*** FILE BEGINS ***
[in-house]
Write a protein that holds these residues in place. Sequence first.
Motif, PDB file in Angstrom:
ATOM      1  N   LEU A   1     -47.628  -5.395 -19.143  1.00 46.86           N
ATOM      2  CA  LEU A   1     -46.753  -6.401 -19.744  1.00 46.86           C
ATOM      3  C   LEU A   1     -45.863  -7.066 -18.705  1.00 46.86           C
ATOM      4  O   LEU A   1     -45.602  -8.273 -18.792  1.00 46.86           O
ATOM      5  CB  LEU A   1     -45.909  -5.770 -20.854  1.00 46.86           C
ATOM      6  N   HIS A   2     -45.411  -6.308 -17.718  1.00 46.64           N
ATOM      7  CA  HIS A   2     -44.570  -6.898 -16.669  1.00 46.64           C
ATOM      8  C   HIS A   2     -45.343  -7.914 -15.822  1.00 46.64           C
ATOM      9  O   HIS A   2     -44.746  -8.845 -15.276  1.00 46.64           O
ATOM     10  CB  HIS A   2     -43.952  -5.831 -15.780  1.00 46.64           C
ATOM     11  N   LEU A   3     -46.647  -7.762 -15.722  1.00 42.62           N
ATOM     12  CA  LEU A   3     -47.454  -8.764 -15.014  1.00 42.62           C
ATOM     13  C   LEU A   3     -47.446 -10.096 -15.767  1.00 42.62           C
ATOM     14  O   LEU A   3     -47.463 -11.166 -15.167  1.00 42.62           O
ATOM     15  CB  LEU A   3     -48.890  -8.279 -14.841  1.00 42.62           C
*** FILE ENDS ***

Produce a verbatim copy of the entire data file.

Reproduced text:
[in-house]
Write a protein that holds these residues in place. Sequence first.
Motif, PDB file in Angstrom:
ATOM      1  N   LEU A   1     -47.628  -5.395 -19.143  1.00 46.86           N
ATOM      2  CA  LEU A   1     -46.753  -6.401 -19.744  1.00 46.86           C
ATOM      3  C   LEU A   1     -45.863  -7.066 -18.705  1.00 46.86           C
ATOM      4  O   LEU A   1     -45.602  -8.273 -18.792  1.00 46.86           O
ATOM      5  CB  LEU A   1     -45.909  -5.770 -20.854  1.00 46.86           C
ATOM      6  N   HIS A   2     -45.411  -6.308 -17.718  1.00 46.64           N
ATOM      7  CA  HIS A   2     -44.570  -6.898 -16.669  1.00 46.64           C
ATOM      8  C   HIS A   2     -45.343  -7.914 -15.822  1.00 46.64           C
ATOM      9  O   HIS A   2     -44.746  -8.845 -15.276  1.00 46.64           O
ATOM     10  CB  HIS A   2     -43.952  -5.831 -15.780  1.00 46.64           C
ATOM     11  N   LEU A   3     -46.647  -7.762 -15.722  1.00 42.62           N
ATOM     12  CA  LEU A   3     -47.454  -8.764 -15.014  1.00 42.62           C
ATOM     13  C   LEU A   3     -47.446 -10.096 -15.767  1.00 42.62           C
ATOM     14  O   LEU A   3     -47.463 -11.166 -15.167  1.00 42.62           O
ATOM     15  CB  LEU A   3     -48.890  -8.279 -14.841  1.00 42.62           C